Meet Me at Midnight by Jacqueline Navin

Posted by Mrs Giggles on March 20, 2001 in 2 Oogies, Book Reviews, Genre: Historical

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Meet Me at Midnight by Jacqueline Navin
Meet Me at Midnight by Jacqueline Navin

Jove, $6.50, ISBN 0-515-13054-0
Historical Romance, 2001

Meet Me at Midnight by Jacqueline NavinMeet Me at Midnight by Jacqueline Navin

Bad, bad, bad boy Raphael Giscard has been very naughty. He and his friends bet on who will seduce Julia Brodie and break up her engagement to a man she seems to love. Poor Julia has no way of resisting Rafe’s bad boy charms. But what happens when he starts falling for her? What happens when the other shoe drops and the chamber pot hits the ceiling?

Anyway, Julia Brodie is a decent heroine whose naïveté fits her personality. A practical woman who has no idea what it is like to be swept of her feet, she is easy meat for Rafe’s practised moves. Seeing her fall in love is like watching a car filled with screaming nuns stuck in the middle of a railroad track while two trains are fast approaching from both ends of the track.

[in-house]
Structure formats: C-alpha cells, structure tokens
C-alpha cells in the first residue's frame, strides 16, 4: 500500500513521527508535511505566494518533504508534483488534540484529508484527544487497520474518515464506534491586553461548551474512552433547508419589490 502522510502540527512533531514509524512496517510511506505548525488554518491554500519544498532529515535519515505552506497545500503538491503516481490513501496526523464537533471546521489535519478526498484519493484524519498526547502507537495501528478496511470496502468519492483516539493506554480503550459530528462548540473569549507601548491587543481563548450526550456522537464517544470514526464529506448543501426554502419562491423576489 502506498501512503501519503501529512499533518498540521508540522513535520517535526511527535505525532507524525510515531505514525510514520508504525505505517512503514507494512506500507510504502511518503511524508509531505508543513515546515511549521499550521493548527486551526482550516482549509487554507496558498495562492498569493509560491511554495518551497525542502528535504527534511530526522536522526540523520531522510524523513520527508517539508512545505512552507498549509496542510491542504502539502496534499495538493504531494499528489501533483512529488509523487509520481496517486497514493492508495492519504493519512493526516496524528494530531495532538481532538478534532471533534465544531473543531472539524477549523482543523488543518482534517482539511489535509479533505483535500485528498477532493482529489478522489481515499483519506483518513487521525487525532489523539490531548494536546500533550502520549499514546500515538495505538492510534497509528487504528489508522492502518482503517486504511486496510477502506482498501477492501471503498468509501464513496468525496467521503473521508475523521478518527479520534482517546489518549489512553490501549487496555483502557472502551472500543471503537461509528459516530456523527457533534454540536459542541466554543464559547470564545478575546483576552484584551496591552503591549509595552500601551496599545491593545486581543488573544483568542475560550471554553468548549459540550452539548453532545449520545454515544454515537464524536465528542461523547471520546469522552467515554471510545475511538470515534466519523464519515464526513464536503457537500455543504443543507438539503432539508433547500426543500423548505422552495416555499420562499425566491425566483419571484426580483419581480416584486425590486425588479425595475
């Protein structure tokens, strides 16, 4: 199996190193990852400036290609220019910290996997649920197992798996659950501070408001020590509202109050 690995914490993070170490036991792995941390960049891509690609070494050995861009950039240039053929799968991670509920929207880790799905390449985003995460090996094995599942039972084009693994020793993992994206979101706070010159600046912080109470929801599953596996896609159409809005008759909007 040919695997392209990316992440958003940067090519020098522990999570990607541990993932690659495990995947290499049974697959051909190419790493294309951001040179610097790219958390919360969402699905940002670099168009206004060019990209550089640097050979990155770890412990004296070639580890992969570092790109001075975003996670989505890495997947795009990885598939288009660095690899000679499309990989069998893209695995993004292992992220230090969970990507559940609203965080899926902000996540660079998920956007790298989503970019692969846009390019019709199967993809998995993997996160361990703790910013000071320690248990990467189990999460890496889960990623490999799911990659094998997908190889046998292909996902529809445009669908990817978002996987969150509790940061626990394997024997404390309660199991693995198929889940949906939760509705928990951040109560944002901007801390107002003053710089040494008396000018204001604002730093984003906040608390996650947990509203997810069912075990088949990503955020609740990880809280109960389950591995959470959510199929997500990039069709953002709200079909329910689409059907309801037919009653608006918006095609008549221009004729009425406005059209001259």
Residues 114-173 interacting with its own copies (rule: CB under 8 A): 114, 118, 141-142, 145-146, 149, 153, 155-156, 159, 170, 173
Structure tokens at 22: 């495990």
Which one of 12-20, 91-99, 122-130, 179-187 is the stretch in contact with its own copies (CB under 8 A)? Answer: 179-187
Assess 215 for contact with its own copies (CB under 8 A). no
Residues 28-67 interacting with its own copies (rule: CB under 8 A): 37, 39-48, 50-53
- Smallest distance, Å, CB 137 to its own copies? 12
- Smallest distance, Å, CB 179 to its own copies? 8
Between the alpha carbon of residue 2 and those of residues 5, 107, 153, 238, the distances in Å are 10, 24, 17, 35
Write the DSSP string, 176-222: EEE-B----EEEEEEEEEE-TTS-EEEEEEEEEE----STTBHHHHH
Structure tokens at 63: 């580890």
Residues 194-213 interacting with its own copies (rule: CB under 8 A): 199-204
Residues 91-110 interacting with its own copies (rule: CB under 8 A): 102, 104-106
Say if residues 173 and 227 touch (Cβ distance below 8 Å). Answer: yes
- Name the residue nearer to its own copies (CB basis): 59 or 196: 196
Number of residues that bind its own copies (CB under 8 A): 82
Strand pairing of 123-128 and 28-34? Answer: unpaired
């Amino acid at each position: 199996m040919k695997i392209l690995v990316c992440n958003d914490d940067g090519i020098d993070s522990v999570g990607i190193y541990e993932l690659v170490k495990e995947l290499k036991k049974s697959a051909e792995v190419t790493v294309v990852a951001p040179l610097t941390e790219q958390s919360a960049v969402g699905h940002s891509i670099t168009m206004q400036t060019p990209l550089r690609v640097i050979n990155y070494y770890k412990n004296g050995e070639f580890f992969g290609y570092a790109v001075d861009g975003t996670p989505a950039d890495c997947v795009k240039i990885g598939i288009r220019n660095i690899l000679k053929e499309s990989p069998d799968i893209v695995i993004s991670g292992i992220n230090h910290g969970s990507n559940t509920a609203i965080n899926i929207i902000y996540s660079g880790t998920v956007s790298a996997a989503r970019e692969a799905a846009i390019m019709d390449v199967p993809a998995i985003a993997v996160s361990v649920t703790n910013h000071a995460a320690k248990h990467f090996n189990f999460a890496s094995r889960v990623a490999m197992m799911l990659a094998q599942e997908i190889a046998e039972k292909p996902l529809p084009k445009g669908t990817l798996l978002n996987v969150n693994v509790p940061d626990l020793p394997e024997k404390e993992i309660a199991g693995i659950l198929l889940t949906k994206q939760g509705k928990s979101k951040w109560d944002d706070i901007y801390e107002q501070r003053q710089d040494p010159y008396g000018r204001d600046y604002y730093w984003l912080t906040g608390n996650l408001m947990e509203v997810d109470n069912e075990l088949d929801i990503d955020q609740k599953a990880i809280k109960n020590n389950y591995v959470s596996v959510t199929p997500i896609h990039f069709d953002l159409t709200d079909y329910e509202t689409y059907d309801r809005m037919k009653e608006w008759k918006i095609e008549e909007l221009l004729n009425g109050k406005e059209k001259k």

Of course, what’s important is how the resolution is dealt with once everything and the toilet breaks through the roof, right? For one, I’m glad to read a character-driven story devoid of the external spy/blackmail conflicts. Ms Navin, however, fails to handle the resolution of her story adeptly. Most of the great bad rake stories that I love (and mentioned above) have one thing in common: a proactive hero who openly seeks to rectify his wrongs and going at lengths, even risking his life and all, to make her love him the way he has grown to love her.

But Rafe’s idea of remorse is to behave even more hatefully towards her so that she will flee and leave him to wallow some more in his self-pity. Meet Me at Midnight can’t descend into headache read territory fast enough. And finally, after Julia dumps that misguided twit in a great show of womanly angst, the author has create an annoying plot twist to have Julia go back to Rafe. Again, Rafe cranks up his “Hate me so that you will leave me” bastard act.

I give up. Julia tells me she loves him – but why? He does nothing to warrant it. The author tells me of Rafe’s remorse, but Rafe never shows Julia much of any sign of remorse. Only his “I’m a bastard, hate me now, honey, heh heh heh!” act that makes him fit to be stuck in that car replacing the nuns, if you ask me.

Hence Meet Me at Midnight has potential. It just never lives up to its potential.

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